Alexandria Ocasio-Cortez, who just won the Democratic primary for the 14th Congressional District (NY-14) in New York City (which includes much of the Bronx and Queens), is a community organizer.

She is also, reports the Washington Times, “a card-carrying member of the Democratic Socialists of America — a socialist — and she just won a congressional primary in New York City.”

The paper adds: “What a face slap to America. What an affront to all the Founding Fathers forged.” It makes her “an enemy of America”.

It does.

The Democratic Socialists of America (DSA)* are also Communists. They don’t say they are, but they are:

We are socialists because we reject an economic order based on private profit, alienated labor, gross inequalities of wealth and power, discrimination based on race, sex, sexual orientation, gender expression, disability status, age, religion, and national origin, and brutality and violence in defense of the status quo. We are socialists because we share a vision of a humane social order based on popular control of resources and production, economic planning, equitable distribution, feminism, racial equality and non-oppressive relationships. We are socialists because we are developing a concrete strategy for achieving that vision, for building a majority movement that will make democratic socialism a reality in America. We believe that such a strategy must acknowledge the class structure of American society and that this class structure means that there is a basic conflict of interest between those sectors with enormous economic power and the vast majority of the population.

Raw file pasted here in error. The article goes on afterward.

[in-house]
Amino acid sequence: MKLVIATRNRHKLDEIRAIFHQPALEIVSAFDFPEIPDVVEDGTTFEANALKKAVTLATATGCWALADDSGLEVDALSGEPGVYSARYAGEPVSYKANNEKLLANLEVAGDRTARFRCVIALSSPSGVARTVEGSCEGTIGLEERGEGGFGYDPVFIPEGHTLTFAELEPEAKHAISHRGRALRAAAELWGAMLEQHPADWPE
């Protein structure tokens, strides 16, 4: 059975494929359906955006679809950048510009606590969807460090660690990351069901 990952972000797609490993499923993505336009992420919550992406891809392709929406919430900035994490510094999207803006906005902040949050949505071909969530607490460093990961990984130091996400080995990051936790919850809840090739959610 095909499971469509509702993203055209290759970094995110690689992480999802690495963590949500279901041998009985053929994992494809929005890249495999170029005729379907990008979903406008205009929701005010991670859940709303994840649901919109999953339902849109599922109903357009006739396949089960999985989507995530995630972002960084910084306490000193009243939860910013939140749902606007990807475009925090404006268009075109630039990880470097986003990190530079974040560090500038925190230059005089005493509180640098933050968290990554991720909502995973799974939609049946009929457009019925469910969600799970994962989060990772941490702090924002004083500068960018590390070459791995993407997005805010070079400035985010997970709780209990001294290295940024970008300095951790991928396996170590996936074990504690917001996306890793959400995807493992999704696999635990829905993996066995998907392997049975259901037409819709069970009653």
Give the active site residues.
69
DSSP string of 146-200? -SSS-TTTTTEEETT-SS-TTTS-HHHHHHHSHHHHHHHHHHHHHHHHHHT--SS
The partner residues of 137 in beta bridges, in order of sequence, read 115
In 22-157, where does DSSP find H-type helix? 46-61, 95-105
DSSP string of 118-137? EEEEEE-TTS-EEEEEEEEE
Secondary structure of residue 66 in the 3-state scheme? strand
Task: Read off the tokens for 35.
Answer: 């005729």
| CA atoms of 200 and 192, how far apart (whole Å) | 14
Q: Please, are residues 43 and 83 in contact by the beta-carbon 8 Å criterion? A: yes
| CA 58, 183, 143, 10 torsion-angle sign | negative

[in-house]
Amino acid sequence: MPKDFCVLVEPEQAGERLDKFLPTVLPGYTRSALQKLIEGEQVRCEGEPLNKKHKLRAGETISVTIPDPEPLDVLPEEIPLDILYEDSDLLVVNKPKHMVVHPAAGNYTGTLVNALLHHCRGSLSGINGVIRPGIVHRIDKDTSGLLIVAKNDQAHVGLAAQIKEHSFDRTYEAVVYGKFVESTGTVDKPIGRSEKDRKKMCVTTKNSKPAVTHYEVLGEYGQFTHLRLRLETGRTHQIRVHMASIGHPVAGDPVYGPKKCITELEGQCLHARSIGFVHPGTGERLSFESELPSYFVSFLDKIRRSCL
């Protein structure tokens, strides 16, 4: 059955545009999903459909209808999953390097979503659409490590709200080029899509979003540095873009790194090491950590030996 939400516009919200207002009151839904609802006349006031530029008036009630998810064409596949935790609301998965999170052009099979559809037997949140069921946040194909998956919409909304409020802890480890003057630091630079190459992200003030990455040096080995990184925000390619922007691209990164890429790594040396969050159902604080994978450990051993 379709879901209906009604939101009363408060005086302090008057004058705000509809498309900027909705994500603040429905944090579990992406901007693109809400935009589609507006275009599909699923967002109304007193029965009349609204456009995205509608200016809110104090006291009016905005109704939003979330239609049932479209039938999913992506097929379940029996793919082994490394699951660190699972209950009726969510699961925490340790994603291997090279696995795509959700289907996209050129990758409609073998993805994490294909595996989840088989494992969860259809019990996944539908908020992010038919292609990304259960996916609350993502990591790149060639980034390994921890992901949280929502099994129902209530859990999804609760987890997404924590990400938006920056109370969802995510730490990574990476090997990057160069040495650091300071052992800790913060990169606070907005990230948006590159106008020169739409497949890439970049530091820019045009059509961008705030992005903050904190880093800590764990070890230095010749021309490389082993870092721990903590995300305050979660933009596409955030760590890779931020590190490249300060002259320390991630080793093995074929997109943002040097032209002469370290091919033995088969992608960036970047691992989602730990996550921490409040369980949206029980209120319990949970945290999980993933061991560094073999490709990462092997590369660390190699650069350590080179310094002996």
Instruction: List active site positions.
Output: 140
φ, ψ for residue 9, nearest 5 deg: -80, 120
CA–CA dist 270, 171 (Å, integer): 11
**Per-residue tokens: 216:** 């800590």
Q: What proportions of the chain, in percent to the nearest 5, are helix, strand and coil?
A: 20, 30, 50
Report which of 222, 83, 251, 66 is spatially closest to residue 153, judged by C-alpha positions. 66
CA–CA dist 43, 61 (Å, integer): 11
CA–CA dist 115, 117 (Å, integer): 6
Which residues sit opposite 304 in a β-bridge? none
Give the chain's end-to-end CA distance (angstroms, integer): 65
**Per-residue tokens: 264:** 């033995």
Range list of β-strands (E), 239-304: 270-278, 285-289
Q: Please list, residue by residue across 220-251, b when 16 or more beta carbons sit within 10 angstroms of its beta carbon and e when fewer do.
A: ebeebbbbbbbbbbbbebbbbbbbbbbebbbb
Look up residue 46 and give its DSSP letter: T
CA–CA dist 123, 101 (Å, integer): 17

Communists do not like nations. They do not want borders.

(Bernie Sanders calls himself a democratic socialist and refers to the Scandinavian states as realizations of his ideals, but he took his honeymoon in the Soviet Union, not Denmark, Sweden, or Norway.)

According to In These Times, this is Ms. Ocasio-Cortez’s agenda:

Open borders; Medicare for all; tuition-free public college; housing “as a human right”; a federal jobs guarantee (ie. everyone can work for the government); replacing fossil fuels with “renewable energy sources” (to combat “man-made global warming”).

I’m advocating for a working-class agenda, for the safety and security of working-class people, it means healthcare, housing and immigration. They’re issues of, “Can I stay here tomorrow?” If there is any seat in America that is advocating for the abolishment of ICE [Immigration and Customs Enforcement] it should be NY14. It is a district that is 85 percent Democratic. We have very little to risk by taking bold and ambitious positions. Even for those who aren’t immigrants, we are all so deeply invested in the lives and the future of immigrant families in NY-14, and everybody here cares about this issue.